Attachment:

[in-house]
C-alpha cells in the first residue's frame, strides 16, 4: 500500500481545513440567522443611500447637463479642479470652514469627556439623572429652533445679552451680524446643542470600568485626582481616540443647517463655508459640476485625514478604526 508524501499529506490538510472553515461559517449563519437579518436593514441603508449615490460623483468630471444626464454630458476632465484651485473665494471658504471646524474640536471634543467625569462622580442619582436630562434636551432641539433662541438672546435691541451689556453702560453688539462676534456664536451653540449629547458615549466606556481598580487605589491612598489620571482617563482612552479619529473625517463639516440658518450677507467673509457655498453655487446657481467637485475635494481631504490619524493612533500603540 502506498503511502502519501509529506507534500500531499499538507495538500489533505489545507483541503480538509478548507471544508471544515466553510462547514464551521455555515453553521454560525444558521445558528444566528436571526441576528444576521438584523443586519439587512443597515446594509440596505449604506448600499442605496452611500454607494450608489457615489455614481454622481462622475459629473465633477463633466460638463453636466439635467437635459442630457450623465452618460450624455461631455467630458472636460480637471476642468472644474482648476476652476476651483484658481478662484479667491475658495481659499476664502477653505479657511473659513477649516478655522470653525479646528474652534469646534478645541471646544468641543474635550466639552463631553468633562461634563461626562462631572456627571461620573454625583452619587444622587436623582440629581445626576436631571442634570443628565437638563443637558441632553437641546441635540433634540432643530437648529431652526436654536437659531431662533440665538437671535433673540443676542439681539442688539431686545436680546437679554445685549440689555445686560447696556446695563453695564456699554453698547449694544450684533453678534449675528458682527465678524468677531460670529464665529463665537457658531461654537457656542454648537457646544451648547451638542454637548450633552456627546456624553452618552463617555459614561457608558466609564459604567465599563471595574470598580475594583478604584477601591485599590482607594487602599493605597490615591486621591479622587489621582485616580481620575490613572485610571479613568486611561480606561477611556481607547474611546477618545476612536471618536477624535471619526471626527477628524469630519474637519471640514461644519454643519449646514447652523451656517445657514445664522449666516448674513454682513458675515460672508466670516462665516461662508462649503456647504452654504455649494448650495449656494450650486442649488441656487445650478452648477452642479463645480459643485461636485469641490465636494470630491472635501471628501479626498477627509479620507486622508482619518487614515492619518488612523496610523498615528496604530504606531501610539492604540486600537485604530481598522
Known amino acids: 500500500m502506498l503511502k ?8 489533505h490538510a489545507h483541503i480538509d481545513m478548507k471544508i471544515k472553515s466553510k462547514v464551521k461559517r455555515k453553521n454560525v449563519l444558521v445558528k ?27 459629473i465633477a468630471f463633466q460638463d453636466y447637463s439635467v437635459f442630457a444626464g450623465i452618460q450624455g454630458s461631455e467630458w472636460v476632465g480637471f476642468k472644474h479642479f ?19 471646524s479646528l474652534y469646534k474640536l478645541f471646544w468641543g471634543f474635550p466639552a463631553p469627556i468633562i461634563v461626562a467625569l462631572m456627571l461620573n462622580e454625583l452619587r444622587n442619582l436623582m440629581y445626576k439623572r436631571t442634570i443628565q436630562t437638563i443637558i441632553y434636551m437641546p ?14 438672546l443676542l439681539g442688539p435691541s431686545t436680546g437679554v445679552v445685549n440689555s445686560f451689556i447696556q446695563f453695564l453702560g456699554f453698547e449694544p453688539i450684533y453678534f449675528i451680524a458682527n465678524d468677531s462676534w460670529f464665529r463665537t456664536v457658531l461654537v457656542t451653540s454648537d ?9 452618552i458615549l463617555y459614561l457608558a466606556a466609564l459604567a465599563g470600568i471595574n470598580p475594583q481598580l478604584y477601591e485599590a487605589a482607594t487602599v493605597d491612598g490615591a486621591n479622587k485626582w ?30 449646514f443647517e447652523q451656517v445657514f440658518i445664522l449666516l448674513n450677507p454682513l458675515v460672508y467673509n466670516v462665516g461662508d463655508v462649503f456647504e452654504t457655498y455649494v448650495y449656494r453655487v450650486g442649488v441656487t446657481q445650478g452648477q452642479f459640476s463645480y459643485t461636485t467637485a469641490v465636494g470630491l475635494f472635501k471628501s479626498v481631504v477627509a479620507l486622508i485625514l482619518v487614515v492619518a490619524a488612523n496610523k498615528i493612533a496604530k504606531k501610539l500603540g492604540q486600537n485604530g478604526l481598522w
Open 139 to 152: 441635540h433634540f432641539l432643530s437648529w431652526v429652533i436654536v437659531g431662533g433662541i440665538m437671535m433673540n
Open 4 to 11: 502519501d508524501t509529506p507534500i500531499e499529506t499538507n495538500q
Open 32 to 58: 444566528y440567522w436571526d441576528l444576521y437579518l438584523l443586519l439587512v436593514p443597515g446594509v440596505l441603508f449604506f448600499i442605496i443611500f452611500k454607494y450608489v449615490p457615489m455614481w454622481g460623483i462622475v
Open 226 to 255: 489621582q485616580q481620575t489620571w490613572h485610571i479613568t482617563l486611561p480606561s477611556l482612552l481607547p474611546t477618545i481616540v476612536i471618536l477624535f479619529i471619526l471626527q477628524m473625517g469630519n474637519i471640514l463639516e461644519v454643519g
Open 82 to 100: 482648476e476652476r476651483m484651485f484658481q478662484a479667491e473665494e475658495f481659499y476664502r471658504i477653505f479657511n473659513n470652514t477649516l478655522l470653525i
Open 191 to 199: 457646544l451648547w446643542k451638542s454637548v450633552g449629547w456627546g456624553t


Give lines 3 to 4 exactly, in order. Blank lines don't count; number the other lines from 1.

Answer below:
Known amino acids: 500500500m502506498l503511502k ?8 489533505h490538510a489545507h483541503i480538509d481545513m478548507k471544508i471544515k472553515s466553510k462547514v464551521k461559517r455555515k453553521n454560525v449563519l444558521v445558528k ?27 459629473i465633477a468630471f463633466q460638463d453636466y447637463s439635467v437635459f442630457a444626464g450623465i452618460q450624455g454630458s461631455e467630458w472636460v476632465g480637471f476642468k472644474h479642479f ?19 471646524s479646528l474652534y469646534k474640536l478645541f471646544w468641543g471634543f474635550p466639552a463631553p469627556i468633562i461634563v461626562a467625569l462631572m456627571l461620573n462622580e454625583l452619587r444622587n442619582l436623582m440629581y445626576k439623572r436631571t442634570i443628565q436630562t437638563i443637558i441632553y434636551m437641546p ?14 438672546l443676542l439681539g442688539p435691541s431686545t436680546g437679554v445679552v445685549n440689555s445686560f451689556i447696556q446695563f453695564l453702560g456699554f453698547e449694544p453688539i450684533y453678534f449675528i451680524a458682527n465678524d468677531s462676534w460670529f464665529r463665537t456664536v457658531l461654537v457656542t451653540s454648537d ?9 452618552i458615549l463617555y459614561l457608558a466606556a466609564l459604567a465599563g470600568i471595574n470598580p475594583q481598580l478604584y477601591e485599590a487605589a482607594t487602599v493605597d491612598g490615591a486621591n479622587k485626582w ?30 449646514f443647517e447652523q451656517v445657514f440658518i445664522l449666516l448674513n450677507p454682513l458675515v460672508y467673509n466670516v462665516g461662508d463655508v462649503f456647504e452654504t457655498y455649494v448650495y449656494r453655487v450650486g442649488v441656487t446657481q445650478g452648477q452642479f459640476s463645480y459643485t461636485t467637485a469641490v465636494g470630491l475635494f472635501k471628501s479626498v481631504v477627509a479620507l486622508i485625514l482619518v487614515v492619518a490619524a488612523n496610523k498615528i493612533a496604530k504606531k501610539l500603540g492604540q486600537n485604530g478604526l481598522w
Open 139 to 152: 441635540h433634540f432641539l432643530s437648529w431652526v429652533i436654536v437659531g431662533g433662541i440665538m437671535m433673540n